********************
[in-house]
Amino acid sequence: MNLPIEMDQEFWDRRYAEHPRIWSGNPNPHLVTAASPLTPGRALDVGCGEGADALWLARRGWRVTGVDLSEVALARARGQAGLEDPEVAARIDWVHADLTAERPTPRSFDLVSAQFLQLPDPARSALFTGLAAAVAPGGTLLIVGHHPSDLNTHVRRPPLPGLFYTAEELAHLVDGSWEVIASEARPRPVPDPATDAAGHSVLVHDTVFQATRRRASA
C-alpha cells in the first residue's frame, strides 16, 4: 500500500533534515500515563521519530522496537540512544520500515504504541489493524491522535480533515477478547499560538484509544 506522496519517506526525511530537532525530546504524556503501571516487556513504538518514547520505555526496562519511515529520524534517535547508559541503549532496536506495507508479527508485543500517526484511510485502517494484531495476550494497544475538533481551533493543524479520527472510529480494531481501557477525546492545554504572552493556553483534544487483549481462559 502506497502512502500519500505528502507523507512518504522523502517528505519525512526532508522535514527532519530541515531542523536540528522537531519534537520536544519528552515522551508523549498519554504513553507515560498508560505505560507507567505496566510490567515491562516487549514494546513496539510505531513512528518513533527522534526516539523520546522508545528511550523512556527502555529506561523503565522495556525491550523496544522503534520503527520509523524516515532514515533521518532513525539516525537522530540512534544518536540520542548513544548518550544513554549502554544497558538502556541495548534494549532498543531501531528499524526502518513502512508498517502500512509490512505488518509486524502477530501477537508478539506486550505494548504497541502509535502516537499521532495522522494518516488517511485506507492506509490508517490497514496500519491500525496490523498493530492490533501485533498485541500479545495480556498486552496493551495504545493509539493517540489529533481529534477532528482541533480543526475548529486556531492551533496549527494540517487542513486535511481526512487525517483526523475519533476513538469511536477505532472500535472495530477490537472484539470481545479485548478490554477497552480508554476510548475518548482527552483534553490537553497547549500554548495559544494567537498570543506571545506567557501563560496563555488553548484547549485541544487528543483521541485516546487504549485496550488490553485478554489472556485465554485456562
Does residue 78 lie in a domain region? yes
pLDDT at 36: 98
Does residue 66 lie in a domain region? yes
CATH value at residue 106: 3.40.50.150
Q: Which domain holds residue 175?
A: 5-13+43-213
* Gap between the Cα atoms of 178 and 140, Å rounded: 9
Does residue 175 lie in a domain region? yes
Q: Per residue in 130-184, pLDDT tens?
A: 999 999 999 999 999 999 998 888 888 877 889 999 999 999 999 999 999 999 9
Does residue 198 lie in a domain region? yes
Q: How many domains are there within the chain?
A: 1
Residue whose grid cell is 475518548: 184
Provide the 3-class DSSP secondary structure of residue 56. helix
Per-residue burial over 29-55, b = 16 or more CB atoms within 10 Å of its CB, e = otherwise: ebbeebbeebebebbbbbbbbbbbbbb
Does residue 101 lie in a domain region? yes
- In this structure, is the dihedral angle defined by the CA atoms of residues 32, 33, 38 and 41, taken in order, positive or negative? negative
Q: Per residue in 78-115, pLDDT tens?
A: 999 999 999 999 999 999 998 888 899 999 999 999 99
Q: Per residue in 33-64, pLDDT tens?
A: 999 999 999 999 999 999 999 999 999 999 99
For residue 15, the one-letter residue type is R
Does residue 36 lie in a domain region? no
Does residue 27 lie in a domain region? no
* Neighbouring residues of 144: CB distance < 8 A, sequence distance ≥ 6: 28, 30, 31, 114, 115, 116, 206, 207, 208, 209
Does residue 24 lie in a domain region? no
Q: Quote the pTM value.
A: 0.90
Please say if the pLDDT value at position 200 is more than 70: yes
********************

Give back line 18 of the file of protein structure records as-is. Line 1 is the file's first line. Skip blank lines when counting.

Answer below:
Provide the 3-class DSSP secondary structure of residue 56. helix